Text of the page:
Radical psychiatrists and others assert that mental illness is a myth. The opening and closing portions of the article deal with the impact such an argument has had in law and psychiatry. The body of the article discusses the five following versions of the myth argument prevalent in radical psychiatry: (1) that there is no such thing as mental illness; (2) that those called “mentally ill” are really as rational as everyone else, only with different aims, that the only reasons anyone ever thought differently was (3) because of unsophisticated category mistakes or (4) because of an adherence to the epistemology of a sick society;and (5) that the phrase “mental illness” is used to mask value judgments about others' behavior in pseudoscientific respectability. Reasons are given for rejecting each of these versions of the argument that mental illness is a myth.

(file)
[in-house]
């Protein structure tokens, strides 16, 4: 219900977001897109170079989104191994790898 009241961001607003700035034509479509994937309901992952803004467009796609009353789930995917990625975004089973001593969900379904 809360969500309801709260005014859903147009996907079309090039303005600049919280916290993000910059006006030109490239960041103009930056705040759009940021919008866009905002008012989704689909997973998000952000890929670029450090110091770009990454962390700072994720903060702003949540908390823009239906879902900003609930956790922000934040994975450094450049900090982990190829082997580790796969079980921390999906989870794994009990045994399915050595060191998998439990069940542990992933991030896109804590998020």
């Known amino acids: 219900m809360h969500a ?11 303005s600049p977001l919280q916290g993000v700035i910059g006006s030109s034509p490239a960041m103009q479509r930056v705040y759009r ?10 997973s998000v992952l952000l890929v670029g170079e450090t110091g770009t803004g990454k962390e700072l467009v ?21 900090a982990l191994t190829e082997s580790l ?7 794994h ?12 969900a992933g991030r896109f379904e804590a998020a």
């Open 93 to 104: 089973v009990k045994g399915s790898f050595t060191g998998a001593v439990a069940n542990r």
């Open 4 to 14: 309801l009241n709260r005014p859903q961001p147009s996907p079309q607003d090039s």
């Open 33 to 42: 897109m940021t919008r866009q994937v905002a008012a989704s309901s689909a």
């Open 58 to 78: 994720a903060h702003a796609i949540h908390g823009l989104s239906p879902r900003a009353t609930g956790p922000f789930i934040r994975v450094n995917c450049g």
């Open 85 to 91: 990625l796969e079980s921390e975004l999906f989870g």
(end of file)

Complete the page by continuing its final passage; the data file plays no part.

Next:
|Original language||English (US)|
|Number of pages||15|
|Journal||Archives of General Psychiatry|
|State||Published - Dec 1975|
ASJC Scopus subject areas
- Arts and Humanities (miscellaneous)
- Psychiatry and Mental health